Monday, July 5, 2010

Roast Chicken



Bunburying afield has its pleasure, but Bunburying near one’s home affords its own rewards, especially if you live in Northern California’s San Francisco Bay Area. One such reward is dining at Chez Panisse. Established in 1971, Chez Panisse was born out of a desire to combine regional French recipes with fine California ingredients. (It should come as no surprise that Chez Panisse often fêtes Richard Olney.) The restaurant’s meticulous use of sustainable local ingredients is featured in its numerous cookbooks. My favorite Chez Panisse cookbook is Chez Panisse Cooking by Paul Bertolli with Alice Waters.

The recipes in Chez Panisse Cooking are remarkable in their range. The Meats and Poultry Section features a sophisticated dish of Pigeon Marinated in Muscat Wine along with a homey and comforting dish of Veal Meatballs with Artichokes, Tomatoes, Green Olives and Sage. Many of Chez Panisse Cooking’s recipes, especially a number of the “rustic” ones, deserve a place in a stable of recipes used to feed friends and family. Perhaps none more so than Bertolli’s recipe for roast chicken. It is a straightforward classic that is easily mastered.
  • 1 roasting hen, about 4 pounds, at room temperature
  • 1 teaspoon fennel seed
  • ¼ teaspoon cayenne pepper flakes
  • 1½ teaspoons additive-free kosher salt
  • ½ teaspoon ground black pepper
  • A small bunch of fresh thyme

Preheat the oven to 400ºF. Remove excess fat inside the cavity of the chicken and in the neck flap. Crack the fennel seeds in a mortar with a pestle and mix with the cayenne, salt and pepper. Salt the cavity and stuff the bunch of thyme inside. Truss the legs loosely so that all areas, particularly the inner thighs, are exposed to the heat. Turn the wings behind the neck of the bird and fix them in place. Use the remaining mixture of seasonings to salt the bird all over, particularly the breast section that is milder in flavor than the darker parts of the bird. Set the bird in a roasting pan without a rack, and cook it for 1 hour. Remove it from the oven and allow it to relax for 5 minutes before carving it.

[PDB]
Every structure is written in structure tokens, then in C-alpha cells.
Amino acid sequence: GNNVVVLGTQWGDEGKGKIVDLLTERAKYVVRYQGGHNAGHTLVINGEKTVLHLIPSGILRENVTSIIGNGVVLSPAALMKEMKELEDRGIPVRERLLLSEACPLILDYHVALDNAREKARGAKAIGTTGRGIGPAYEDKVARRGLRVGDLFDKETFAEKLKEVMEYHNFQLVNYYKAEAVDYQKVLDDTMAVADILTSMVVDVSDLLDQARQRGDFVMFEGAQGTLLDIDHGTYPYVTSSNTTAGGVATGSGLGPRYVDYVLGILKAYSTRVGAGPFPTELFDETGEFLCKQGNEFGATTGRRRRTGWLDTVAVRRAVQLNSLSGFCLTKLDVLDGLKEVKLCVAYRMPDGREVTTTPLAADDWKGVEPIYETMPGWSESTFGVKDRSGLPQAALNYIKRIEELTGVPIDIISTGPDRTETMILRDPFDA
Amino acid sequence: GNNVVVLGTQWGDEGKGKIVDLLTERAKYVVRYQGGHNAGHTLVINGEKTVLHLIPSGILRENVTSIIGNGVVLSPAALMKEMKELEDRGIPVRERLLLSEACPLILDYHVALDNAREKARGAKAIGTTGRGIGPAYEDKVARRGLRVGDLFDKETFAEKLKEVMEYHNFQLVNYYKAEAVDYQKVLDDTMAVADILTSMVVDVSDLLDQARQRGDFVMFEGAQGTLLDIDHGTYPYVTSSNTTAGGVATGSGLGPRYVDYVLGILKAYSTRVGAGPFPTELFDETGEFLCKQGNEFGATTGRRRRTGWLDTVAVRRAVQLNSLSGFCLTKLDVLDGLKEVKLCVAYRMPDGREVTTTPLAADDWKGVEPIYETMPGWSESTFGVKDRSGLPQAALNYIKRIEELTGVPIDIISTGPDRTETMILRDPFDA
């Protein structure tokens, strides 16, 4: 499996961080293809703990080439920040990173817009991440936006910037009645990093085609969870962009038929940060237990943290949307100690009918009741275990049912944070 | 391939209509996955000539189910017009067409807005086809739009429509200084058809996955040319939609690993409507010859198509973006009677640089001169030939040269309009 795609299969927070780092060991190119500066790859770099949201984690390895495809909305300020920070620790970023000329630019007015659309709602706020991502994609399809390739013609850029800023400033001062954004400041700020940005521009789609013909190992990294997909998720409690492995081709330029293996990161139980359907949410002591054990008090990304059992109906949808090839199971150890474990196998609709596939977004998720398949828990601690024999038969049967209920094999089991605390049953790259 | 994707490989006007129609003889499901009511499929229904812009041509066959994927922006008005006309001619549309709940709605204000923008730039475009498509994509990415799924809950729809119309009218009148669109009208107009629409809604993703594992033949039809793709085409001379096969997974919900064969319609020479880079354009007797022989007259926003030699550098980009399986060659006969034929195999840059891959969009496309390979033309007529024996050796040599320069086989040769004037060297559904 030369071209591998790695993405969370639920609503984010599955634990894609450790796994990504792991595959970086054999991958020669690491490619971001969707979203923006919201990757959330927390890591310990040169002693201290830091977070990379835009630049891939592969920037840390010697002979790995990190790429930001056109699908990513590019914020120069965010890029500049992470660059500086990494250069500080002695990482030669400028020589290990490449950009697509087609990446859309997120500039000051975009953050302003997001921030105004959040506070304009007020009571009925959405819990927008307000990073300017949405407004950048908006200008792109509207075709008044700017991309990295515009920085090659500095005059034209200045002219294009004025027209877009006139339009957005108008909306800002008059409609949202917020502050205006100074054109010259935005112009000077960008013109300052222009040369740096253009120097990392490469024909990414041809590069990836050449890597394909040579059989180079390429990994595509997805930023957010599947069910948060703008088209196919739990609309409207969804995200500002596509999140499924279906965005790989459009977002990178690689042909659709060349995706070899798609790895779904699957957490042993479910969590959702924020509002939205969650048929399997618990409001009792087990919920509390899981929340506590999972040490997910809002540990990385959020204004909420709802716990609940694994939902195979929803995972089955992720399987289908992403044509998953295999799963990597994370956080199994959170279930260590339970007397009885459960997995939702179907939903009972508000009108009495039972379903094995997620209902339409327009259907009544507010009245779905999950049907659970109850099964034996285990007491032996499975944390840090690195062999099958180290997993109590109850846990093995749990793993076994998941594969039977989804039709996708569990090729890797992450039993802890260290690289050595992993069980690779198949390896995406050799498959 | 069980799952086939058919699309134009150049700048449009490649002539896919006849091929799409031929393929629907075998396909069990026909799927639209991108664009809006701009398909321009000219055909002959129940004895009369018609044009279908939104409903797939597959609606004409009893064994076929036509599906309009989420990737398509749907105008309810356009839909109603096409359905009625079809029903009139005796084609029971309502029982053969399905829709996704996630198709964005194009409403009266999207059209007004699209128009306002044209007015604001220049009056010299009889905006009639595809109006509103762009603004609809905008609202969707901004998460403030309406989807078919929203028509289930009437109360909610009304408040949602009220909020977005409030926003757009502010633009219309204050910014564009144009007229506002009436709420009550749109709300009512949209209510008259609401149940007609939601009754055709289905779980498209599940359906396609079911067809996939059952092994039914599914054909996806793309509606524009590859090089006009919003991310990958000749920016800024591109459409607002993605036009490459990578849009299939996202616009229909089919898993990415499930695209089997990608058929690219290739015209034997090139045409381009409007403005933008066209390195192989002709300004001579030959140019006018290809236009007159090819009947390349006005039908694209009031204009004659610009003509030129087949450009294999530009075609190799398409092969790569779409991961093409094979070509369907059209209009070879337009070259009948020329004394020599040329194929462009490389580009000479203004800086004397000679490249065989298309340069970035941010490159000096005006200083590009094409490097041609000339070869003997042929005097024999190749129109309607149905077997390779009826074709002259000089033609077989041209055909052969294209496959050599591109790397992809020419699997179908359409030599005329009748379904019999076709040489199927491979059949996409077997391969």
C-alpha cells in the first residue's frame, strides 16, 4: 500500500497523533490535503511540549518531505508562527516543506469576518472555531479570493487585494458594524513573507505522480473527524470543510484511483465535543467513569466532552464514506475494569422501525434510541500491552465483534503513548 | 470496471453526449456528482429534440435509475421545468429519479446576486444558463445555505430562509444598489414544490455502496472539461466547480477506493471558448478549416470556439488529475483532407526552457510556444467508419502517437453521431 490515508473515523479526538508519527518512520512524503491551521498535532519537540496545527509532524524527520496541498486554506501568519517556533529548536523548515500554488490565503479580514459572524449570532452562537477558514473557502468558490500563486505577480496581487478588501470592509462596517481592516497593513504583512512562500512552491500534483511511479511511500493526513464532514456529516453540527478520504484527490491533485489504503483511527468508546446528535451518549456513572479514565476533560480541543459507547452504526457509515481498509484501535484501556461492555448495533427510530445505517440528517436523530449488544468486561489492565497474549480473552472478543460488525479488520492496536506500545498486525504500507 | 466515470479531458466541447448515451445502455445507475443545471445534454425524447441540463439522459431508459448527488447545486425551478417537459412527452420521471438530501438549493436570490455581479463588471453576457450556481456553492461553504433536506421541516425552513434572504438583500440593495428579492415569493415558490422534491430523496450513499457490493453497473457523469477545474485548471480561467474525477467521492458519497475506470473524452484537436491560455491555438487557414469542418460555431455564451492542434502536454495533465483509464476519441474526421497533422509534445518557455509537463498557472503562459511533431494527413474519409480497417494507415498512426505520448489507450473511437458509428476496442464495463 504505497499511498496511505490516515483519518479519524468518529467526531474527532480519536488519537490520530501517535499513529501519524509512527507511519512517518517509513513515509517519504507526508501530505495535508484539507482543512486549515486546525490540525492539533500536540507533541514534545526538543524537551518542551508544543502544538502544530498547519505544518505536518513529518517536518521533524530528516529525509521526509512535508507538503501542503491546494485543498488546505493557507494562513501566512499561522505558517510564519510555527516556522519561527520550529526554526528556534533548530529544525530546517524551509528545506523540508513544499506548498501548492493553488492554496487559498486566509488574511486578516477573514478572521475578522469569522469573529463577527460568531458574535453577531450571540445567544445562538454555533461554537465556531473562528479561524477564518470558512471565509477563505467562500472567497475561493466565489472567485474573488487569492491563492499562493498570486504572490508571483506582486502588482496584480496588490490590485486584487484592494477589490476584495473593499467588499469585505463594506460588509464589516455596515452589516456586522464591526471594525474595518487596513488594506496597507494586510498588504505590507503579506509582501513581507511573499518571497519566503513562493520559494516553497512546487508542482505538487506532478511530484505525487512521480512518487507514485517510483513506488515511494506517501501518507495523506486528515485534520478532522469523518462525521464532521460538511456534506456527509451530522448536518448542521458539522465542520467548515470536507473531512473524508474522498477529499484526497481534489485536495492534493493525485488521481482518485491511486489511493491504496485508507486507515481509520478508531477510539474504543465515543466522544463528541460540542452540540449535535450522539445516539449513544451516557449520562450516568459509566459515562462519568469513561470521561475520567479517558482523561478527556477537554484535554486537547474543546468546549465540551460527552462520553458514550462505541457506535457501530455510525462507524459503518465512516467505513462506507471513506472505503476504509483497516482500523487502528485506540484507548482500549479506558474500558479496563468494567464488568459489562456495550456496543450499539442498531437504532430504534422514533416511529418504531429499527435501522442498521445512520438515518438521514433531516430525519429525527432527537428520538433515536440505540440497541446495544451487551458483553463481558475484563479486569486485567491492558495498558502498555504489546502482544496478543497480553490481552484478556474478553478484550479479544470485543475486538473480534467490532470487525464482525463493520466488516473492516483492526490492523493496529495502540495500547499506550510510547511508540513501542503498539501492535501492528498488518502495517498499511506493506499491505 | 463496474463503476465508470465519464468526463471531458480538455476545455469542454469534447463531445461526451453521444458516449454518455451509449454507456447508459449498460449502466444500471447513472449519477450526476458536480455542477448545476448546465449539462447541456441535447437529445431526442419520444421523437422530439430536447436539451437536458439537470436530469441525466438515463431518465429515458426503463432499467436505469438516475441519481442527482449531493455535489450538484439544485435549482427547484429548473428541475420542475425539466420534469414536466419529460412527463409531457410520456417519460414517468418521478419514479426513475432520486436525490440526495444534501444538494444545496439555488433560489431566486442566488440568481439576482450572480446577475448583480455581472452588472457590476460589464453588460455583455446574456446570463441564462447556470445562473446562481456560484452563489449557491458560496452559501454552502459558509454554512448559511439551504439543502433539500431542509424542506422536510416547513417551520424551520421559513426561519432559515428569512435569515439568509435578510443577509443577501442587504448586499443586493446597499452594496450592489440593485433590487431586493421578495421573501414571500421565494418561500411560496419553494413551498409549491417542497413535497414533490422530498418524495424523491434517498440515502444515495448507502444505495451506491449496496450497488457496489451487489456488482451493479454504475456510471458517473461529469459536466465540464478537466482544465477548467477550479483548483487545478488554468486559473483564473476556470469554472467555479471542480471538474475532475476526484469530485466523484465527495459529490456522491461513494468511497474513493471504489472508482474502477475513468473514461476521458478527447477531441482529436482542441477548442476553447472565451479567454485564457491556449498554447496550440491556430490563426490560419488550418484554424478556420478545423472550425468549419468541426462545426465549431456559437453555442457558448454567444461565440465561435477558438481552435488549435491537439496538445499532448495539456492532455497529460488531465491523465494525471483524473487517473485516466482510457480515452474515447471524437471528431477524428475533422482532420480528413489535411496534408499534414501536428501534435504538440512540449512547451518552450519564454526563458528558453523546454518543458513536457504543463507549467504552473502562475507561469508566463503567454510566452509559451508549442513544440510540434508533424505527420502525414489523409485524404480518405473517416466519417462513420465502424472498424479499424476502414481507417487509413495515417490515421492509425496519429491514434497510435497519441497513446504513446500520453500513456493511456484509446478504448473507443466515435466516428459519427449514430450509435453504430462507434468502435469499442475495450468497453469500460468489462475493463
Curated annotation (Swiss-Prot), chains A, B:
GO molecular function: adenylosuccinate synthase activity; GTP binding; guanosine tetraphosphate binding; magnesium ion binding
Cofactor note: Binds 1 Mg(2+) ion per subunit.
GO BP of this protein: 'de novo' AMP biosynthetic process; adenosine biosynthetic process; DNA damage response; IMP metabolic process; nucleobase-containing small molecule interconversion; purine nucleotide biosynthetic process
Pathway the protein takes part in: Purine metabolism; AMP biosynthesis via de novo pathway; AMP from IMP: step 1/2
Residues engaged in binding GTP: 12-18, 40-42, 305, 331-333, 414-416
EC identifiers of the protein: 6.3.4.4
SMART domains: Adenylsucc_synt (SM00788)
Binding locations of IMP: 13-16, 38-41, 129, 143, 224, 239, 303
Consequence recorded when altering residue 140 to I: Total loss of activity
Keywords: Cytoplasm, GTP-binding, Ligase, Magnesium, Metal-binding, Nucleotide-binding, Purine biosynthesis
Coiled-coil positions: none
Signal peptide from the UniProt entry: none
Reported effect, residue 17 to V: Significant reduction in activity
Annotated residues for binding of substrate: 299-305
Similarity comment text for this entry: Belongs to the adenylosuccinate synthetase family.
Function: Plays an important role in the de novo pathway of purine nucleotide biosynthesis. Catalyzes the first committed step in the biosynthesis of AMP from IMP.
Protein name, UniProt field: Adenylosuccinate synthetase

The success of this dish depends upon the quality of your chicken. A carefully raised pastured chicken is wonderful if available. If unavailable, consider using a kosher chicken, which is often available from good markets. Kosher chickens are a useful convenience and, to my taste, are better than run-of-the-mill free-range chickens.

A few thoughts about fresh verses frozen kosher chicken: fresh is better if available. With the Empire Kosher brand, you are more likely to find a fresh whole broiler kosher chicken weighing 4 pounds. Empire’s frozen kosher chickens are Rock Cornish broilers and range in weight from 2½ to 3½ pounds. This is not a serious concern if a frozen kosher chicken is your only option; just buy one that is as close to 4 pounds as possible.


How to truss a chicken is an early cooking skill. In truth, I rarely employ this step in Bertolli’s recipe. What I love about his approach to roast chicken is its simplicity and trussing, although classically correct, seems to get in the way.


Another benefit of this recipe is its cooking temperature of 400ºF. A complimentary gratin cooks at the same temperature. More on this delicious side dish to follow.